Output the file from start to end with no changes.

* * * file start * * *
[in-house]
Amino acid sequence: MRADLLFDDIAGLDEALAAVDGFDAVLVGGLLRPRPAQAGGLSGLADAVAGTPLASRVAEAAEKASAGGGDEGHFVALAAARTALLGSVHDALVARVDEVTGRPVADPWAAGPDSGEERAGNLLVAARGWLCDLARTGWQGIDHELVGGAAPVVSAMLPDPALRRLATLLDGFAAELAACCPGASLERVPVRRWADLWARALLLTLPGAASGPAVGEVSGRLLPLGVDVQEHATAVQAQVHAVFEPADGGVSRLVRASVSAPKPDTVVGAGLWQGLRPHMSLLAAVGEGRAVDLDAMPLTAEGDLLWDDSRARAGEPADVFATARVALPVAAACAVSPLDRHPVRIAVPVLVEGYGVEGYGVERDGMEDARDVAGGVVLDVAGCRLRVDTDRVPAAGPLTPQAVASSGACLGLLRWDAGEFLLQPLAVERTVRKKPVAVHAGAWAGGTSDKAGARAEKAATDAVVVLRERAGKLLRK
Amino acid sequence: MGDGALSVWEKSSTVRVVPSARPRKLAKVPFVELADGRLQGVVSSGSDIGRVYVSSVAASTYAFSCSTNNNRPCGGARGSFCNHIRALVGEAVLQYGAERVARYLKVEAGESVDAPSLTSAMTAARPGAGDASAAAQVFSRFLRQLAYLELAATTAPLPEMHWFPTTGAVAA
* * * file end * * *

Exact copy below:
[in-house]
Amino acid sequence: MRADLLFDDIAGLDEALAAVDGFDAVLVGGLLRPRPAQAGGLSGLADAVAGTPLASRVAEAAEKASAGGGDEGHFVALAAARTALLGSVHDALVARVDEVTGRPVADPWAAGPDSGEERAGNLLVAARGWLCDLARTGWQGIDHELVGGAAPVVSAMLPDPALRRLATLLDGFAAELAACCPGASLERVPVRRWADLWARALLLTLPGAASGPAVGEVSGRLLPLGVDVQEHATAVQAQVHAVFEPADGGVSRLVRASVSAPKPDTVVGAGLWQGLRPHMSLLAAVGEGRAVDLDAMPLTAEGDLLWDDSRARAGEPADVFATARVALPVAAACAVSPLDRHPVRIAVPVLVEGYGVEGYGVERDGMEDARDVAGGVVLDVAGCRLRVDTDRVPAAGPLTPQAVASSGACLGLLRWDAGEFLLQPLAVERTVRKKPVAVHAGAWAGGTSDKAGARAEKAATDAVVVLRERAGKLLRK
Amino acid sequence: MGDGALSVWEKSSTVRVVPSARPRKLAKVPFVELADGRLQGVVSSGSDIGRVYVSSVAASTYAFSCSTNNNRPCGGARGSFCNHIRALVGEAVLQYGAERVARYLKVEAGESVDAPSLTSAMTAARPGAGDASAAAQVFSRFLRQLAYLELAATTAPLPEMHWFPTTGAVAA